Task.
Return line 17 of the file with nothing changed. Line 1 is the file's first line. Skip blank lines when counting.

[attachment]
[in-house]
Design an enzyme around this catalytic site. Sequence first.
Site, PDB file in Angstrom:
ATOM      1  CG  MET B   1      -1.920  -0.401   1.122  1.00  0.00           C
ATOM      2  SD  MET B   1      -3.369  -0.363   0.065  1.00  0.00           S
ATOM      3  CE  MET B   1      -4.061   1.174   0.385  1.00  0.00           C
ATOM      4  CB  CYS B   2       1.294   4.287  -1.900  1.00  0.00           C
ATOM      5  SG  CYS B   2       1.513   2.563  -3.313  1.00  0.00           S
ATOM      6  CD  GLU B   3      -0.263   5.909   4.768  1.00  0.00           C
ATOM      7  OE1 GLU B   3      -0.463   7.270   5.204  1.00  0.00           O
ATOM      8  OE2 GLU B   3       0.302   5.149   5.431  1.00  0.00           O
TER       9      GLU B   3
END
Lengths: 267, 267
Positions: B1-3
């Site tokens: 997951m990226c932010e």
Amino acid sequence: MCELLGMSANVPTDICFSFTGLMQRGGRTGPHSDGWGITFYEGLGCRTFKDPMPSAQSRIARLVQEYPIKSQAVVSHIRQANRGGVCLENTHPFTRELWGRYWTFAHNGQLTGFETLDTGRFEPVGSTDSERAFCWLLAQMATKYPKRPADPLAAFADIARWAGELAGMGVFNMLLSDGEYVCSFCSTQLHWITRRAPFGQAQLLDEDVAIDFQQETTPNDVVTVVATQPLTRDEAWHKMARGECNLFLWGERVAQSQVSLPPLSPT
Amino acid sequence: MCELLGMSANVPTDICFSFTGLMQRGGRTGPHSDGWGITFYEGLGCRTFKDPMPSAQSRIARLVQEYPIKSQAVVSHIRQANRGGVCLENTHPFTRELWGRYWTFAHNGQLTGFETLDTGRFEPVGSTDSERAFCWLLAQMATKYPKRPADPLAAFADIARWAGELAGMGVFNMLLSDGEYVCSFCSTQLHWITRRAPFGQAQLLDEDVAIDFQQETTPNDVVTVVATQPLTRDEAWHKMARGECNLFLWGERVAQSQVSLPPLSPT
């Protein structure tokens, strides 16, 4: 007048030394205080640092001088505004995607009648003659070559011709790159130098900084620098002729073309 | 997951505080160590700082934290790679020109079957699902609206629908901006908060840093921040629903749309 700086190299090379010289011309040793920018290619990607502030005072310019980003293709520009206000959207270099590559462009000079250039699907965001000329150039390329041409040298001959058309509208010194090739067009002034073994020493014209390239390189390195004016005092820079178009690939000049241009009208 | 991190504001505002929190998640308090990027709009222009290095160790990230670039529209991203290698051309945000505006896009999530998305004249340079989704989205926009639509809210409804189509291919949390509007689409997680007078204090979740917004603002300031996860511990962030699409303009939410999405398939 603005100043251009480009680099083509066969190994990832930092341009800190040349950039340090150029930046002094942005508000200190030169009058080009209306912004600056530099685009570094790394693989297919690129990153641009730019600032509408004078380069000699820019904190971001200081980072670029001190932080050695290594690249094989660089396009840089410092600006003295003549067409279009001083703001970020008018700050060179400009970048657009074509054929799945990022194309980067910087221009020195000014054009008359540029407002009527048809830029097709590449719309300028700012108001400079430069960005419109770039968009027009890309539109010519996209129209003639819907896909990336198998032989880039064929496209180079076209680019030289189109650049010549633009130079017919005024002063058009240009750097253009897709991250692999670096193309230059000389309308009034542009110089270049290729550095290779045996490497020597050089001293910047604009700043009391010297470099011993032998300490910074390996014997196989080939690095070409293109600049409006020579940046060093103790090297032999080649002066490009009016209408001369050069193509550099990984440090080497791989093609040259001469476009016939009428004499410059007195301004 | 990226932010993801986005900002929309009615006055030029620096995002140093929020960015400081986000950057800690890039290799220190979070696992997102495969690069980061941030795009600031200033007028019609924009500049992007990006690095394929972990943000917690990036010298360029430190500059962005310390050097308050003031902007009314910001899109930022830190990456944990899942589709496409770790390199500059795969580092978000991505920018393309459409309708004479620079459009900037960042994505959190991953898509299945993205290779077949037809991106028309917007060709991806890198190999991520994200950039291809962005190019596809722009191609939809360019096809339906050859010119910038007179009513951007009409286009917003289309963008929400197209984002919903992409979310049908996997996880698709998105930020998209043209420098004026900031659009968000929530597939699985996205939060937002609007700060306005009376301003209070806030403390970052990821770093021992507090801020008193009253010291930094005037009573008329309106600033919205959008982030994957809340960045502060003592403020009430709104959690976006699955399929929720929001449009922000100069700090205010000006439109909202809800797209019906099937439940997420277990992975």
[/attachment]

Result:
Amino acid sequence: MCELLGMSANVPTDICFSFTGLMQRGGRTGPHSDGWGITFYEGLGCRTFKDPMPSAQSRIARLVQEYPIKSQAVVSHIRQANRGGVCLENTHPFTRELWGRYWTFAHNGQLTGFETLDTGRFEPVGSTDSERAFCWLLAQMATKYPKRPADPLAAFADIARWAGELAGMGVFNMLLSDGEYVCSFCSTQLHWITRRAPFGQAQLLDEDVAIDFQQETTPNDVVTVVATQPLTRDEAWHKMARGECNLFLWGERVAQSQVSLPPLSPT